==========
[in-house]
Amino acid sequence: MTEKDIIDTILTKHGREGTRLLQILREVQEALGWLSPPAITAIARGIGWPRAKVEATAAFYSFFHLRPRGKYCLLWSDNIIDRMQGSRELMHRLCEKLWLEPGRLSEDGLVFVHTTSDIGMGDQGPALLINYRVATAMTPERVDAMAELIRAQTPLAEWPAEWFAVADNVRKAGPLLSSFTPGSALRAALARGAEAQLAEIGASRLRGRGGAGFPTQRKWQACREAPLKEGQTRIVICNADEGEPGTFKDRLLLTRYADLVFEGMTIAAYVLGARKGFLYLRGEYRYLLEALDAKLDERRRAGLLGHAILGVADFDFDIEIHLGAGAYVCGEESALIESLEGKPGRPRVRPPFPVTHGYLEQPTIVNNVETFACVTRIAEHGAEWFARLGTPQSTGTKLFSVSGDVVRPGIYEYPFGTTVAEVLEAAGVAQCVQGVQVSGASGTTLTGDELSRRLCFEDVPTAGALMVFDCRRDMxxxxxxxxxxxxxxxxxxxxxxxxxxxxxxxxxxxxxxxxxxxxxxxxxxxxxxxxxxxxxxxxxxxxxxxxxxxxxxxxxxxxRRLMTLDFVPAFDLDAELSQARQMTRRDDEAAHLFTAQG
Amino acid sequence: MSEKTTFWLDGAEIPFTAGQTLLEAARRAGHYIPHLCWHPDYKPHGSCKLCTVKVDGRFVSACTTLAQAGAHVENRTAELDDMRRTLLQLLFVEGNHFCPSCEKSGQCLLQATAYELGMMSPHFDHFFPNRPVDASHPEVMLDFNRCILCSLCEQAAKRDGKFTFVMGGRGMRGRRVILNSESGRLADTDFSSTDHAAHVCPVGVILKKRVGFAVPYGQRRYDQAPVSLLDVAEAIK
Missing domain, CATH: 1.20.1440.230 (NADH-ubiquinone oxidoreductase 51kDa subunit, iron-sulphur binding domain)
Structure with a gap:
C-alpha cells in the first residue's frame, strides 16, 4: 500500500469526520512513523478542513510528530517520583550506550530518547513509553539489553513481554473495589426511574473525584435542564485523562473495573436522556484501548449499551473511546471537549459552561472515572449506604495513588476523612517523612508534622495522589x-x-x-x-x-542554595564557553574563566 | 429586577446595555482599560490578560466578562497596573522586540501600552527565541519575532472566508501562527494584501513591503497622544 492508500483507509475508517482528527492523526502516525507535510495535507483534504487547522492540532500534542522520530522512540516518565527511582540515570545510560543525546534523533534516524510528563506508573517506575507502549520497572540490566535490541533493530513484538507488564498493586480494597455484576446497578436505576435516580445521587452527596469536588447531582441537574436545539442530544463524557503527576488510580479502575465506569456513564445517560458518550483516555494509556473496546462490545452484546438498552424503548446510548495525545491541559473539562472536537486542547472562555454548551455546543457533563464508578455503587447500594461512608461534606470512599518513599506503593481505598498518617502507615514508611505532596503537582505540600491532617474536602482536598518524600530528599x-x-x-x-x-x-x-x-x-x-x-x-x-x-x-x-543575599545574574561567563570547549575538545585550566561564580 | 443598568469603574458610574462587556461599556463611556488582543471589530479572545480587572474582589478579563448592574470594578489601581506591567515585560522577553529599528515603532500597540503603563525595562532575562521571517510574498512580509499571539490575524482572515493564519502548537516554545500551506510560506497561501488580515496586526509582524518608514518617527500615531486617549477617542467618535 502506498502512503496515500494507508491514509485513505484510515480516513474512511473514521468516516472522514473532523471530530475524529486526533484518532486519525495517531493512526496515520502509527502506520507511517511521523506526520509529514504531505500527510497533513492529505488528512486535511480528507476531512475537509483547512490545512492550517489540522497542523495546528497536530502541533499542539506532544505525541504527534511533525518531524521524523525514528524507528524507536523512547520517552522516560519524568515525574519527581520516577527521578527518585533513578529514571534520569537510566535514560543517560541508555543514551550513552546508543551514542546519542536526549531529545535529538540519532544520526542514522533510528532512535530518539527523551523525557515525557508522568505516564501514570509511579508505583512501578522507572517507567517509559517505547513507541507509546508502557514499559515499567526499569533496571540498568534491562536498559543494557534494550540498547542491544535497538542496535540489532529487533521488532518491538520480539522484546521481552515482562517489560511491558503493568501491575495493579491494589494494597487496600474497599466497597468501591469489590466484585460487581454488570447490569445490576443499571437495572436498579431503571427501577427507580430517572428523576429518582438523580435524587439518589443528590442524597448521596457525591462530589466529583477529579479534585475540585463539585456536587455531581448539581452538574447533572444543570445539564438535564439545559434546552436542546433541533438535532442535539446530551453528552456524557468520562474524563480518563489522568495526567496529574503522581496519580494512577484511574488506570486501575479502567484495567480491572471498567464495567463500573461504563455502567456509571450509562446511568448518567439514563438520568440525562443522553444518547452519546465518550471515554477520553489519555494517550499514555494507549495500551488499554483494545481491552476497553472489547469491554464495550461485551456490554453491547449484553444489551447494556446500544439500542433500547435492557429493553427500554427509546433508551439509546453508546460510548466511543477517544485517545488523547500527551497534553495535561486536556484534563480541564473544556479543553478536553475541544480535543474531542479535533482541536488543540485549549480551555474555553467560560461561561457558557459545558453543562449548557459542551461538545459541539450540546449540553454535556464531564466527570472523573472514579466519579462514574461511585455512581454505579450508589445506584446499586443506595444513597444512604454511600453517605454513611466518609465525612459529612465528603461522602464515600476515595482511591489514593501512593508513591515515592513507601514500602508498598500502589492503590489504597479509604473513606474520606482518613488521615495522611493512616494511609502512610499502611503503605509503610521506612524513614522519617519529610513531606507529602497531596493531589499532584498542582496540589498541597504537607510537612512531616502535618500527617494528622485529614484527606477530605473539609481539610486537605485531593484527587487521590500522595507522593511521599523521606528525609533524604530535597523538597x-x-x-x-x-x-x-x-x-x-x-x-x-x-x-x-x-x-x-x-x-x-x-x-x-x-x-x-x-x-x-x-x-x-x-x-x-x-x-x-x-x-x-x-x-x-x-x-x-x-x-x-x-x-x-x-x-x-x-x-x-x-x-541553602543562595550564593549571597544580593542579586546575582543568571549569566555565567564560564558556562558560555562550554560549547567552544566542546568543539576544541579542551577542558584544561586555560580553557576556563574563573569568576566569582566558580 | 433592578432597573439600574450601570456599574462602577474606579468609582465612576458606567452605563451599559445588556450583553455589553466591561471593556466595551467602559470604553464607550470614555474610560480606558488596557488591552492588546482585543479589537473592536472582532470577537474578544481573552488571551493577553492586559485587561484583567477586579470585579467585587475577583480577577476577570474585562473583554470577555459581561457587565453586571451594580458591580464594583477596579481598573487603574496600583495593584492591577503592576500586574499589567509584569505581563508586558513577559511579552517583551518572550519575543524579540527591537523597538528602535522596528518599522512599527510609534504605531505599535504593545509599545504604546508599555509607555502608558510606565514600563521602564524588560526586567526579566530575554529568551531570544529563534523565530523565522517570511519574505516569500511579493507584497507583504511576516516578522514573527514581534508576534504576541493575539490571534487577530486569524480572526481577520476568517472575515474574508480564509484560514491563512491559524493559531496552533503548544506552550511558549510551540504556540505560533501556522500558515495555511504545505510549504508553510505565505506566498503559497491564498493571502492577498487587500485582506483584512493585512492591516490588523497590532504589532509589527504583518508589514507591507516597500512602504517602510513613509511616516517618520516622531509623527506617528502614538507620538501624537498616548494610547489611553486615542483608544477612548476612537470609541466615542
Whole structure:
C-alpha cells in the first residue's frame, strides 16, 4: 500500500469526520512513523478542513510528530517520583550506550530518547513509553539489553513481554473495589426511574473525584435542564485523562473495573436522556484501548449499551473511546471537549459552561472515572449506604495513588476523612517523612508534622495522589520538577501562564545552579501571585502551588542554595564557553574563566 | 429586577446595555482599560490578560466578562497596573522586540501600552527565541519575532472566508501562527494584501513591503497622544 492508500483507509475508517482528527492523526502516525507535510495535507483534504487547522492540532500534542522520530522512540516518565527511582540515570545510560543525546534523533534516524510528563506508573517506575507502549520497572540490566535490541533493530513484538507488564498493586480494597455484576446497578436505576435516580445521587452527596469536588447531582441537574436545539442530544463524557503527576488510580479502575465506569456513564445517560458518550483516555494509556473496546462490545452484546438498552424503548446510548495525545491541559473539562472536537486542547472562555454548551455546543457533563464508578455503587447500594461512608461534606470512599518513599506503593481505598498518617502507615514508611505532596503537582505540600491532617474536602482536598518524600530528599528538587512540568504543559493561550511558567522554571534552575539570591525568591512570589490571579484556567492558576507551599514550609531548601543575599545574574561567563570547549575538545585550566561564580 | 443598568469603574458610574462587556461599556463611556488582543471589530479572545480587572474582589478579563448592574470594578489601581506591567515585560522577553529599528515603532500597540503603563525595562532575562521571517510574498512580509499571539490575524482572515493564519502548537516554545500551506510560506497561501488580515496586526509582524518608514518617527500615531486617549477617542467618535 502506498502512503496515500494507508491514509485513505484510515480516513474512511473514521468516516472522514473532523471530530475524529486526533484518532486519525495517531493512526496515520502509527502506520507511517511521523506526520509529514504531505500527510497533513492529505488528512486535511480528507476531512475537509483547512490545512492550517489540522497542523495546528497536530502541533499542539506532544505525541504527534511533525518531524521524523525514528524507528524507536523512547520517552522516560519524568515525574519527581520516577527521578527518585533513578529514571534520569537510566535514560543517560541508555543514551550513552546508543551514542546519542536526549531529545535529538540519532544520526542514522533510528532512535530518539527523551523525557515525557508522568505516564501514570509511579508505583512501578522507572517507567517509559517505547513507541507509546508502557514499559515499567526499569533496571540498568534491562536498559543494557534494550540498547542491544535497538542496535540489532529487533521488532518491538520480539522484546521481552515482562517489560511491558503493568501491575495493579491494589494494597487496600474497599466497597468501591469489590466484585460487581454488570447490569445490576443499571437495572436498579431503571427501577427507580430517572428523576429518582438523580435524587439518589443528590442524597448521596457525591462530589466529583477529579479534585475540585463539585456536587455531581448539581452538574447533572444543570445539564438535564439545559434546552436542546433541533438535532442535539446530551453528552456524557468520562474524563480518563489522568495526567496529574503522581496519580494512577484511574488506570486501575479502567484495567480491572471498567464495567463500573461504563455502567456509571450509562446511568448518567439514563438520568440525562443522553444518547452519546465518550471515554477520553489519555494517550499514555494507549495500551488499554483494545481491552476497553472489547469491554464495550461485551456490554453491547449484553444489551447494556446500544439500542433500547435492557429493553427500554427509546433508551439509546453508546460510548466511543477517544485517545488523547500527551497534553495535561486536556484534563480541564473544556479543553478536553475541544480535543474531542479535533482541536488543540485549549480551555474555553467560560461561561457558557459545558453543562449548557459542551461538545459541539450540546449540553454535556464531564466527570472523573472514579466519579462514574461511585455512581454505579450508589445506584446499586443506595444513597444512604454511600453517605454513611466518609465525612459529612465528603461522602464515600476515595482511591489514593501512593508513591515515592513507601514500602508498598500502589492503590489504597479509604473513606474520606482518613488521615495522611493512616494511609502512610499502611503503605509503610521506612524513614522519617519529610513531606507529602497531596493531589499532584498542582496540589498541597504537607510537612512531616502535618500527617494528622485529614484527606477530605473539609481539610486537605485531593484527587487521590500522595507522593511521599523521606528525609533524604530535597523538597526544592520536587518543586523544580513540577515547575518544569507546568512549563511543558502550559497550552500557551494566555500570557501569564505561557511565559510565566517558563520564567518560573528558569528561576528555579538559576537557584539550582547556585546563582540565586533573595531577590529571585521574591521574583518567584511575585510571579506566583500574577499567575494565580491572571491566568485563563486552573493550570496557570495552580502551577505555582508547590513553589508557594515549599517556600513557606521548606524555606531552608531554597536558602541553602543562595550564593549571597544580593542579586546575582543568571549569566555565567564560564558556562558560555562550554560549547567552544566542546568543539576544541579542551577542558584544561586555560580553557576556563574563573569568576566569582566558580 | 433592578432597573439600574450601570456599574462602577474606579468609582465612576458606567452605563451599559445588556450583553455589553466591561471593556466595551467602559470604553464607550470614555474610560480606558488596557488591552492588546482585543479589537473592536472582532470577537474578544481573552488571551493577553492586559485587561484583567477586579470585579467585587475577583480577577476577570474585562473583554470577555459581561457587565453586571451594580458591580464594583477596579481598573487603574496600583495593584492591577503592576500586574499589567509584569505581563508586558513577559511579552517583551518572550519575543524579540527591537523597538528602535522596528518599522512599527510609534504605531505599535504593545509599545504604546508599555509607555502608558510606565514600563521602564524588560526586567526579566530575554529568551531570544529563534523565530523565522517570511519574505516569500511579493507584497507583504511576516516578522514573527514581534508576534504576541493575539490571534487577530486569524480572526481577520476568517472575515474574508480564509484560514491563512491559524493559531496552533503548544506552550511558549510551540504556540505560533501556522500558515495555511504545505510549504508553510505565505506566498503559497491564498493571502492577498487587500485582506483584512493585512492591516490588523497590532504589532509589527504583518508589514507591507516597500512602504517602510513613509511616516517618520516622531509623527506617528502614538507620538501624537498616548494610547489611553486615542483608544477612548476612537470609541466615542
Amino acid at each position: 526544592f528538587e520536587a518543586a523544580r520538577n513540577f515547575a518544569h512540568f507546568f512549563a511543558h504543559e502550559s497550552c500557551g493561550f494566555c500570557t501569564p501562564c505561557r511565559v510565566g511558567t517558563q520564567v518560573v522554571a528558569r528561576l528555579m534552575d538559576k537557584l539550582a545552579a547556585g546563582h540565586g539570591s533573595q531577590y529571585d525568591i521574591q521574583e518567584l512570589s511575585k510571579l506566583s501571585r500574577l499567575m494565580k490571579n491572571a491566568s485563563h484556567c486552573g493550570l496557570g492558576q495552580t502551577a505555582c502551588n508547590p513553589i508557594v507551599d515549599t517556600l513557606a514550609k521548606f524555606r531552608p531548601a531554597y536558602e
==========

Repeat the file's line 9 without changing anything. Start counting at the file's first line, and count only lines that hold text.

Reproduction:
Amino acid at each position: 526544592f528538587e520536587a518543586a523544580r520538577n513540577f515547575a518544569h512540568f507546568f512549563a511543558h504543559e502550559s497550552c500557551g493561550f494566555c500570557t501569564p501562564c505561557r511565559v510565566g511558567t517558563q520564567v518560573v522554571a528558569r528561576l528555579m534552575d538559576k537557584l539550582a545552579a547556585g546563582h540565586g539570591s533573595q531577590y529571585d525568591i521574591q521574583e518567584l512570589s511575585k510571579l506566583s501571585r500574577l499567575m494565580k490571579n491572571a491566568s485563563h484556567c486552573g493550570l496557570g492558576q495552580t502551577a505555582c502551588n508547590p513553589i508557594v507551599d515549599t517556600l513557606a514550609k521548606f524555606r531552608p531548601a531554597y536558602e